-are there any calcifications within the tendon?

-what does my weight-bearing foot and bones look like, and is it contributing to the pain?

After we rule out any bony involvement, we will do a thorough exam.  We may do the Thompsons squeeze test to rule out a complete or partial rupture of the tendon, and palpate along the tendon course.  We will determine if the pain is more insertional, or at the insertion of the tendon at the back of the heel, or if the pain is along the tendon itself of the muscle belly itself.  Conservative treatment would include light stretching, immobilization and compression in either an unnas wrap (soft cast) or an ankle brace, or in severe cases, we may recommend a CAM walker (walking boot) because sometimes immobilization is the only way to get you out of pain and to start healing.  If the doctor suspects a tear, she may order advanced testing such as an MRI or a diagnostic ultrasound.  To decrease the pain, we recommend either an oral NSAID, or as an alternative, the MLS Laser therapy you can find in our office.  As the pain is decreasing, our doctors will recommend a night splint.  This durable medical equipment is only worn at night non-weigthbearing.  It holds the stretch in the Achilles tendon (and bonus, it stretches the plantar fascia as well!) longer than you can hold it; it acts passively instead of actively.  In addition, your doctor will introduce an icing and stretching regimen to increase flexibility and decrease the tightness that causes the pain.  As an adjunct to the icing and stretching and laser treatments, your doctor may recommend physical therapy.  Physical therapy is a great addition to the treatment regimen as the stretching that you or I may do is much different than what the therapist may be able to accomplish.  Plus, going 2-3 times a week for 4-6 weeks ensures your progress and exercises along the way to keep your Achilles tendon flexible.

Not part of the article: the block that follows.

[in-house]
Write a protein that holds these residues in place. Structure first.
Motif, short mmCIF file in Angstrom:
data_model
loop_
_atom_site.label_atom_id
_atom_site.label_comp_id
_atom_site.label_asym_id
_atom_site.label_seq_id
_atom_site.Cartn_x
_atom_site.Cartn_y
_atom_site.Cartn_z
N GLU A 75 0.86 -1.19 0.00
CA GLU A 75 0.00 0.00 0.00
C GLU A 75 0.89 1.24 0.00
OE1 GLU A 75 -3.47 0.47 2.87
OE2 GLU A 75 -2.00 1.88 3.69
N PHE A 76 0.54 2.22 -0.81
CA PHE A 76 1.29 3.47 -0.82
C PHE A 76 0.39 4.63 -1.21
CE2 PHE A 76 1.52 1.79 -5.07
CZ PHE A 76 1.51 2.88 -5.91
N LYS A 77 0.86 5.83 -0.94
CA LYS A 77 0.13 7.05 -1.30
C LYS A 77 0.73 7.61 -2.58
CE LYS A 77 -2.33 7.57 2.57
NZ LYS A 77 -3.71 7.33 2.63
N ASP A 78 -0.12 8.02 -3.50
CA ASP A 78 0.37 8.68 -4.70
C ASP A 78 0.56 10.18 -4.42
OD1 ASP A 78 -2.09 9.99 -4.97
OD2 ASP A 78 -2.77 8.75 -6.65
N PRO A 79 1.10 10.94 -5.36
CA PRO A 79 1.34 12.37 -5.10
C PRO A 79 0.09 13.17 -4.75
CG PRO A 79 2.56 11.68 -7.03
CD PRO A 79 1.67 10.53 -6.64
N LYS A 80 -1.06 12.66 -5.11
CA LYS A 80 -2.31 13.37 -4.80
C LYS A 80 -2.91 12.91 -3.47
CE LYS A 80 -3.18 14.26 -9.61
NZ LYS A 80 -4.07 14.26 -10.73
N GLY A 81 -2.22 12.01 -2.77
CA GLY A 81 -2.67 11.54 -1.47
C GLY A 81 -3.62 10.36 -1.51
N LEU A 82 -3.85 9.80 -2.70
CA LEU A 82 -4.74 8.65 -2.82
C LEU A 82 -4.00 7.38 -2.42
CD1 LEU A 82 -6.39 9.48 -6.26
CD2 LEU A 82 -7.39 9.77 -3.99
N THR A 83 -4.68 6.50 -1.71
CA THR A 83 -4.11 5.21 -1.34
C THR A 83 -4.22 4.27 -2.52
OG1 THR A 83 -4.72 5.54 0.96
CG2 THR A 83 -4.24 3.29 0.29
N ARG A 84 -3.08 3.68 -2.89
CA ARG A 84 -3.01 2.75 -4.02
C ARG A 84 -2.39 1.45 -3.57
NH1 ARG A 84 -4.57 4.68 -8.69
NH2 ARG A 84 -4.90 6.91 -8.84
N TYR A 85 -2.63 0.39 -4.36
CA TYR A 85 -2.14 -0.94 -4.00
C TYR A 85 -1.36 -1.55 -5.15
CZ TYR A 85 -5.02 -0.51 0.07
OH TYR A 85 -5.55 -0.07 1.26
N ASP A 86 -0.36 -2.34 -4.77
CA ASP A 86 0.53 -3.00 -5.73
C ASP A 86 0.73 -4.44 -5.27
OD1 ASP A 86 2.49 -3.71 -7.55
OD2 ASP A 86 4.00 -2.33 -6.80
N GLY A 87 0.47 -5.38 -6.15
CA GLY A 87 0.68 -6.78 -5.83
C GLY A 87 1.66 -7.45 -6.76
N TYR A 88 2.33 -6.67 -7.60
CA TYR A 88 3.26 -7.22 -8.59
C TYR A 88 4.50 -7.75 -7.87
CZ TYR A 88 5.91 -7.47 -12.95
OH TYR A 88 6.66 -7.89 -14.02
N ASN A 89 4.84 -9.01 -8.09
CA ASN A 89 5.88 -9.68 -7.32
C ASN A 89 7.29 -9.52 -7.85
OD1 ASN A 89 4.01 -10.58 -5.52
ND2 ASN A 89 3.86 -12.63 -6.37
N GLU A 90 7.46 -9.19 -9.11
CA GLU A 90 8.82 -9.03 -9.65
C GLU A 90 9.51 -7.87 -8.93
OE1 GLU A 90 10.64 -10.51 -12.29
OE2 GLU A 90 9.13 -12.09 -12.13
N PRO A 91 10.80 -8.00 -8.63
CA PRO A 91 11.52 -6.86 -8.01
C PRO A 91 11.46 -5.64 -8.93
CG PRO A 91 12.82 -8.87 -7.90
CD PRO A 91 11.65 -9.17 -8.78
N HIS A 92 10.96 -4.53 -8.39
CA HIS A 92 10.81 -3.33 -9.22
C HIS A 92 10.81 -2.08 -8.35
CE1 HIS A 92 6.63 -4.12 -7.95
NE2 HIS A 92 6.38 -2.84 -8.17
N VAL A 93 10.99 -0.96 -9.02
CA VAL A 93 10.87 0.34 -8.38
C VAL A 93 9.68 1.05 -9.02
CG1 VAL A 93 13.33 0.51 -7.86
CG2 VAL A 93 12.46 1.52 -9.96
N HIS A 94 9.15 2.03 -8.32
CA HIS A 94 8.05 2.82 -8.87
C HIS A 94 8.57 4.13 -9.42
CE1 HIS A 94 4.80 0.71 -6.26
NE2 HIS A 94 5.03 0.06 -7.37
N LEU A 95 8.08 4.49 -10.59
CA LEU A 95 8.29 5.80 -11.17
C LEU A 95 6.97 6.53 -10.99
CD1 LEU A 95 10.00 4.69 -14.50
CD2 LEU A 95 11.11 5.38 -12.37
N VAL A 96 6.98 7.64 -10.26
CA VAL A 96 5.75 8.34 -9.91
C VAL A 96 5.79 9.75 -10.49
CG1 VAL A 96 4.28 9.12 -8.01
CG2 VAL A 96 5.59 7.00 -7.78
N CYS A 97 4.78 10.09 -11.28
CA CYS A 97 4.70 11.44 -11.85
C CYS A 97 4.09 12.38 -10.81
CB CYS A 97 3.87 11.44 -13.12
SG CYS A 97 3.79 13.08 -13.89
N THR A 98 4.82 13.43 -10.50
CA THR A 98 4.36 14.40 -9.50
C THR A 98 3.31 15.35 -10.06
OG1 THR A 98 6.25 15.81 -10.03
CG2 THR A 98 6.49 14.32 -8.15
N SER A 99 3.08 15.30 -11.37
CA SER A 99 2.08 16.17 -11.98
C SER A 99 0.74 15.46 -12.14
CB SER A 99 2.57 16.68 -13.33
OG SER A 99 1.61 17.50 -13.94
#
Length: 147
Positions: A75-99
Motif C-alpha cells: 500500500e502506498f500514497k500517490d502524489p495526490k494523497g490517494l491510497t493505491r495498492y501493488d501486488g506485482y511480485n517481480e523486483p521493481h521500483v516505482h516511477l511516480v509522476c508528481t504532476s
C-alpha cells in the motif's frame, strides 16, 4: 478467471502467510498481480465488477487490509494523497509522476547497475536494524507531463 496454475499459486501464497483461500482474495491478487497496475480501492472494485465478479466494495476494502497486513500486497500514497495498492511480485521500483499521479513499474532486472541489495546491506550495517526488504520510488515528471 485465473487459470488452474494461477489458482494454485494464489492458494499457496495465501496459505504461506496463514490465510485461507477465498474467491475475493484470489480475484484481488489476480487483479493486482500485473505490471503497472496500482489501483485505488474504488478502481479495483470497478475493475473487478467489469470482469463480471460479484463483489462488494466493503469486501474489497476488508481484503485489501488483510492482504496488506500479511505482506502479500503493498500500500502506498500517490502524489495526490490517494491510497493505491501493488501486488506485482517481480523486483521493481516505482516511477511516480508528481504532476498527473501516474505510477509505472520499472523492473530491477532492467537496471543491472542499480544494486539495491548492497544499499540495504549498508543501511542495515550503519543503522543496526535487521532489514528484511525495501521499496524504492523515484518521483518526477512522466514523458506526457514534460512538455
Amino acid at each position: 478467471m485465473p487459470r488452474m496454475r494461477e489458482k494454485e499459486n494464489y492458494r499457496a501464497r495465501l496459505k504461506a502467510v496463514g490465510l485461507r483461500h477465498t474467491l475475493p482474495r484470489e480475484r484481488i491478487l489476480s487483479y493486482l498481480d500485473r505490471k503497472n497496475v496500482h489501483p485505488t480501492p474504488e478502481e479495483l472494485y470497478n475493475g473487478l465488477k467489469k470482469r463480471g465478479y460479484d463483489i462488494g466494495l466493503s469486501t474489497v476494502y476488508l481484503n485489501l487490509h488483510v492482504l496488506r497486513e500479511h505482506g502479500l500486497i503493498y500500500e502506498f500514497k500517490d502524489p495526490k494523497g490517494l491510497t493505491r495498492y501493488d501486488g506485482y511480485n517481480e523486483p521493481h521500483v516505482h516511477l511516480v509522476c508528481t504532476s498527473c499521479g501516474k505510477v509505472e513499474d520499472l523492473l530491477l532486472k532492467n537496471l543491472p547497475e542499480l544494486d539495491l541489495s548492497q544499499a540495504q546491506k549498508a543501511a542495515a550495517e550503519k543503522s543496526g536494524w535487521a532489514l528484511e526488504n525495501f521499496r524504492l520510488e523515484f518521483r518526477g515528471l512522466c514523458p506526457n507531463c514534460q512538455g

How Can I Prevent It From Coming Back?

At Prairie Path Foot And Ankle, we always want to keep our patients active!  So we will work with you to get back to the activities that you love.  One of the best ways is to change the biomechanics of the foot with custom orthotics. This is a custom made insert that typically fits into your gym shoe; you simply remove the current insole and replace it with a custom one. We will take a plaster mold of your feet; it is total contact to get the exact contours of your foot.  This is sent to the lab with a prescription from our doctors to ensure that now your pain is gone, your foot should remain biomechanically sound so that the pain does not return!  Once your body has healed or is in the process of healing from the Achilles tendon pain, this is the perfect solution. You will also probably need to continue with the daily stretches and exercises to prevent the tendon from tightening up and to prevent the pain from returning. 

Any questions about heel pain or your Achilles tendon can be answered by our doctors.  Just make an appointment to be examined and our doctors will come up with a treatment plan that will solve your problem.